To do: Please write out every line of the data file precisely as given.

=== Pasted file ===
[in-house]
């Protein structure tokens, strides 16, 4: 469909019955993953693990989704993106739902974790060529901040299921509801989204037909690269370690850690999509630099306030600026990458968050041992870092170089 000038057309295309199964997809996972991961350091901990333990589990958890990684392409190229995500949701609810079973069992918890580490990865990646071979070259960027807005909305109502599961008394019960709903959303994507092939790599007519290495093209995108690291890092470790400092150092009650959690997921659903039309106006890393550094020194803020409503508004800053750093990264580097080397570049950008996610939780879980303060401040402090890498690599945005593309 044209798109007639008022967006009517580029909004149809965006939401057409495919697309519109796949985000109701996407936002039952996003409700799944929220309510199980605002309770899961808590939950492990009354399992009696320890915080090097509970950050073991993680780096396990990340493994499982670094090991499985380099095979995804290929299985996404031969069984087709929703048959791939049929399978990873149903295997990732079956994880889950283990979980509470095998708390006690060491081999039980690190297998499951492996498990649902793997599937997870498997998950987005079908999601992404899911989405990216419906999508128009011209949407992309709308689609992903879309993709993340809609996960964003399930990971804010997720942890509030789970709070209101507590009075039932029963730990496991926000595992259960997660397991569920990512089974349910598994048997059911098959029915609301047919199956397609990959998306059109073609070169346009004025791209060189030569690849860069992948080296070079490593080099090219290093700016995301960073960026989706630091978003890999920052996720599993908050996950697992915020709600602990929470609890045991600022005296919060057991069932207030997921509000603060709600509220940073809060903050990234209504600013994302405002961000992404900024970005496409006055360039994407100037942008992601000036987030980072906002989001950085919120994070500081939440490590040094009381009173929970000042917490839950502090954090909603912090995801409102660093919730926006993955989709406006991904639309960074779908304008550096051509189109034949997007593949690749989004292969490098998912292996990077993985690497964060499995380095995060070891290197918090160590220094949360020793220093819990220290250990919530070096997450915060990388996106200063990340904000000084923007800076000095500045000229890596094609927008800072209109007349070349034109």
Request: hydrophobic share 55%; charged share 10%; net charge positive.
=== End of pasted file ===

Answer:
[in-house]
């Protein structure tokens, strides 16, 4: 469909019955993953693990989704993106739902974790060529901040299921509801989204037909690269370690850690999509630099306030600026990458968050041992870092170089 000038057309295309199964997809996972991961350091901990333990589990958890990684392409190229995500949701609810079973069992918890580490990865990646071979070259960027807005909305109502599961008394019960709903959303994507092939790599007519290495093209995108690291890092470790400092150092009650959690997921659903039309106006890393550094020194803020409503508004800053750093990264580097080397570049950008996610939780879980303060401040402090890498690599945005593309 044209798109007639008022967006009517580029909004149809965006939401057409495919697309519109796949985000109701996407936002039952996003409700799944929220309510199980605002309770899961808590939950492990009354399992009696320890915080090097509970950050073991993680780096396990990340493994499982670094090991499985380099095979995804290929299985996404031969069984087709929703048959791939049929399978990873149903295997990732079956994880889950283990979980509470095998708390006690060491081999039980690190297998499951492996498990649902793997599937997870498997998950987005079908999601992404899911989405990216419906999508128009011209949407992309709308689609992903879309993709993340809609996960964003399930990971804010997720942890509030789970709070209101507590009075039932029963730990496991926000595992259960997660397991569920990512089974349910598994048997059911098959029915609301047919199956397609990959998306059109073609070169346009004025791209060189030569690849860069992948080296070079490593080099090219290093700016995301960073960026989706630091978003890999920052996720599993908050996950697992915020709600602990929470609890045991600022005296919060057991069932207030997921509000603060709600509220940073809060903050990234209504600013994302405002961000992404900024970005496409006055360039994407100037942008992601000036987030980072906002989001950085919120994070500081939440490590040094009381009173929970000042917490839950502090954090909603912090995801409102660093919730926006993955989709406006991904639309960074779908304008550096051509189109034949997007593949690749989004292969490098998912292996990077993985690497964060499995380095995060070891290197918090160590220094949360020793220093819990220290250990919530070096997450915060990388996106200063990340904000000084923007800076000095500045000229890596094609927008800072209109007349070349034109």
Request: hydrophobic share 55%; charged share 10%; net charge positive.